San Manuel v. NLRB, D.C. Cir. (Feb. 9, 2007)

by Brad Jolly, Partner
Feb 12, 2007

On February 9, 2007, the District of Columbia Circuit handed down its decision in San Manuel v. NLRB. The D.C. Circuit held that the National Labor Relations Act ("NLRA") applies to Indian tribes and their economic enterprises. Although not a surprising result, it is still a disappointing one. In fact, the decision may actually be farther reaching than the National Labor Relations Board's ("NLRB") decision in that the NLRB somewhat limited its decision to economic enterprises while the D.C. Circuit did not overtly leave any opening for what it termed "traditional" governmental operations.

Although the D.C. Circuit, unlike most courts facing similar issues, made several positive acknowledgments, including the fact that Indian gaming is not purely a business but maintains some governmental character, its ultimate conclusions contain the common disrespect for tribal sovereignty and self-government. Ultimately, the Court held that applying the NLRA to Indian tribes would not impinge tribal sovereignty or self-government and that the NLRB's determination to include tribes within the definition of "employer" in the NLRA was within its authority and discretion as the federal agency charged with administering the Act. Neither determination is a surprise when filed along with the numerous decisions of the Ninth Circuit and other federal courts which pay mere lip service to tribal self-government when considering the application of "general federal laws" to Indian tribes.

Yet, the Court's decision is interestingly schizophrenic on the notion that Congress did not intend to exclude tribes from the NLRA. The Court held that "Congress's decision not to include an express exception for Indian tribes in the NLRA was because no such exception was intended or exists." San Manuel v. NLRB at 19. But, the Court began its analysis by noting, correctly and wisely, that "the NLRA was enacted by a Congress that in all likelihood never contemplated the statute's potential application to tribal employers, and probably no member of that Congress imagined a small Indian tribe might operate like a closely held corporation." Id. at 8. In other words, the Court acknowledged what most courts faced with the similar legal issue consistently fail to recognize - that Indian tribes likely never crossed Congress' mind when the legislation was enacted. This simply fact should point to the conclusion that Congress cannot be imputed with either including or excluding tribes from such a statute, especially when special provisions for other governments are included in the statute.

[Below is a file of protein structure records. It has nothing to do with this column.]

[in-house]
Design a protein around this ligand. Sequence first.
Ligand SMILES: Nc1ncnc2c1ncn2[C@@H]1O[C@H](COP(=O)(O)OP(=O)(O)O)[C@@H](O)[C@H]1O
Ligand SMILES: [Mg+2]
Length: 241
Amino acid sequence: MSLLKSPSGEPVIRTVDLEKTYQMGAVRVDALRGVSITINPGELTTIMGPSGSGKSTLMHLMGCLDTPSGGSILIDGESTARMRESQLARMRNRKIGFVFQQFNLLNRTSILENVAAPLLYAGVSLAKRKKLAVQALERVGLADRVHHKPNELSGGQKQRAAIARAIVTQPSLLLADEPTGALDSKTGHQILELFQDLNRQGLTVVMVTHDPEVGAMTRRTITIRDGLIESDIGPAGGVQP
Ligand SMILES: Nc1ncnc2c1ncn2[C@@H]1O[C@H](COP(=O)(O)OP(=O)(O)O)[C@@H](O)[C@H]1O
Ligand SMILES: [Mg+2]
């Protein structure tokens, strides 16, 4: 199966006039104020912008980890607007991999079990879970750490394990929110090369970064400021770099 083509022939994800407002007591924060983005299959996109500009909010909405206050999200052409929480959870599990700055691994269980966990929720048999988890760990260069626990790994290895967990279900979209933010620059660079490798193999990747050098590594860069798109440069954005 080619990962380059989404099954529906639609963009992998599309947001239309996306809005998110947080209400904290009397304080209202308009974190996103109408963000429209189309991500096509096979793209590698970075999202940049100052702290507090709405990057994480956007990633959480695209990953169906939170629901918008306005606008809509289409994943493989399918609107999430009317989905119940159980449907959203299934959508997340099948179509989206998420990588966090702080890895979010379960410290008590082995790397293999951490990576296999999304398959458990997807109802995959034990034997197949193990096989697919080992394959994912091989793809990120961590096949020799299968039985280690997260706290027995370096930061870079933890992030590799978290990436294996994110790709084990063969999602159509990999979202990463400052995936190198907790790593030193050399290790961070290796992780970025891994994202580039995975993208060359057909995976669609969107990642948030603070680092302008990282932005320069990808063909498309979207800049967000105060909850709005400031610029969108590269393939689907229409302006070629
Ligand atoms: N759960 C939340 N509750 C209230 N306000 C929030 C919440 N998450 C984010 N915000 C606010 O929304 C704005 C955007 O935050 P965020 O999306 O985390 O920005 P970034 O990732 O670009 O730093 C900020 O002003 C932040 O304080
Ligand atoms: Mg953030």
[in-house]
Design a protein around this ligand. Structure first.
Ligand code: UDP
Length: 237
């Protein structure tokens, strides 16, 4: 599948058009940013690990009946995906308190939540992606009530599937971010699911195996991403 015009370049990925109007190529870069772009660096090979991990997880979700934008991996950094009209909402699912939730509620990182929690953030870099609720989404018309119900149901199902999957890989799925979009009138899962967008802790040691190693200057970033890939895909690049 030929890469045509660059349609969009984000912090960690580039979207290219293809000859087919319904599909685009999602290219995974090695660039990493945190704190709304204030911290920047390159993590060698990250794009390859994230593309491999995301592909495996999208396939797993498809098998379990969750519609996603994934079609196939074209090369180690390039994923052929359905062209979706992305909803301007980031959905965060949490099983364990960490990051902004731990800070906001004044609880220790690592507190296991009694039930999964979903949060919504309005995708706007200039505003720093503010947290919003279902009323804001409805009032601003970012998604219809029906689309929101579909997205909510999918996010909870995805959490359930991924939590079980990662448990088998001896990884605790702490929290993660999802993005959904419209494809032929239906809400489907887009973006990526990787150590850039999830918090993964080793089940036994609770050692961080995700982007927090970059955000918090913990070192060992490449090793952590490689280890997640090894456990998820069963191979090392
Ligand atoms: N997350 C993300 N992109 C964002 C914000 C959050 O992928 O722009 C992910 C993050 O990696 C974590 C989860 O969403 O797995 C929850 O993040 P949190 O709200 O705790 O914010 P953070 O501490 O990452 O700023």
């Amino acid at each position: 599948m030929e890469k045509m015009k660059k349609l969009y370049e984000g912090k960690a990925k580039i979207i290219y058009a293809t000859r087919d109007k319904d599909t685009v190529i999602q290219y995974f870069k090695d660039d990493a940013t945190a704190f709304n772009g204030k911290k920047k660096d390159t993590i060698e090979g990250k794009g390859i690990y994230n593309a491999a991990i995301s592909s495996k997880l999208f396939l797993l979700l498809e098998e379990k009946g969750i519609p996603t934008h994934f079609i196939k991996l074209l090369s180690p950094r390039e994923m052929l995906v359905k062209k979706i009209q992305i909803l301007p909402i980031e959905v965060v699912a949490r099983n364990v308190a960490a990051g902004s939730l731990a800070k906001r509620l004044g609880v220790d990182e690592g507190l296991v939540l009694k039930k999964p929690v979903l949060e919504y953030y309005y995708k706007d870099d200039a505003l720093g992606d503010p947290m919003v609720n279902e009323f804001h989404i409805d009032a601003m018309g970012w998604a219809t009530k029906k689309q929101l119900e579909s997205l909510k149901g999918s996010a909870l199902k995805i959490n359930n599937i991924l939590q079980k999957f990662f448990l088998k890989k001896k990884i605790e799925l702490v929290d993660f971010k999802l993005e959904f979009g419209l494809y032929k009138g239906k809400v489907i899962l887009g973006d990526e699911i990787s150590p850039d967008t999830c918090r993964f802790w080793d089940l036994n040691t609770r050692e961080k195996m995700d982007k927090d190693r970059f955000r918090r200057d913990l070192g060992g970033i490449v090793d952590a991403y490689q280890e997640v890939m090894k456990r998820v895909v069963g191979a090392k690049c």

The NLRA, like much labor legislation which outsiders continue to force upon tribes, was enacted in the 1930s. The NLRA, specifically, was enacted in 1934. At that time, Congress and the United States did not even consider tribes to be governments. In fact, that same year, Congress was debating the enactment of the Indian Reorganization Act ("IRA") to finally end its policies and programs that dismantled tribal governments and sought the destruction of tribal societies, culture, and existence. How, then, can any court possibly consider that Congress must have meant to include tribes when it did not exclude them along with other governments at a time when Congress did not even consider tribes to be governments?

A more appropriate, wise, and realistic view that Courts should take is to consider later congressional legislation involving exemptions and special treatment for governmental entities. In these later enactments, congressional and United States recognition of tribes as governments is solidified and a definite and concrete pattern of intentionally including Indian tribes amongst federal, state, and local governments in legislation is gleaming. For instance, in nearly every civil rights statute enacted in the past five or six decades where exemptions or special treatment for governmental entities is included, Indian tribes are specifically listed amongst the governments afforded that treatment or exemption. Even in employment discrimination - whether it be Title VII or the Americans with Disabilities Act - Indian tribes are excluded along with the United States from the definition of employer. In fact, the exemption language is very much the same as the exemption language of the NLRA, but for the express mention of Indian tribes. In other words, when Congress does consider whether to include tribes in governmental exceptions, it consistently does so. Further, in recent years Congress has been making slow progress in correcting the omission of tribes in federal legislation, such as treatment as states in the Federal Unemployment Tax Act and the Indian Tribal Government Tax Status Act. The use of subsequent legislation to assist in determining congressional intent in earlier legislation has been used by courts before.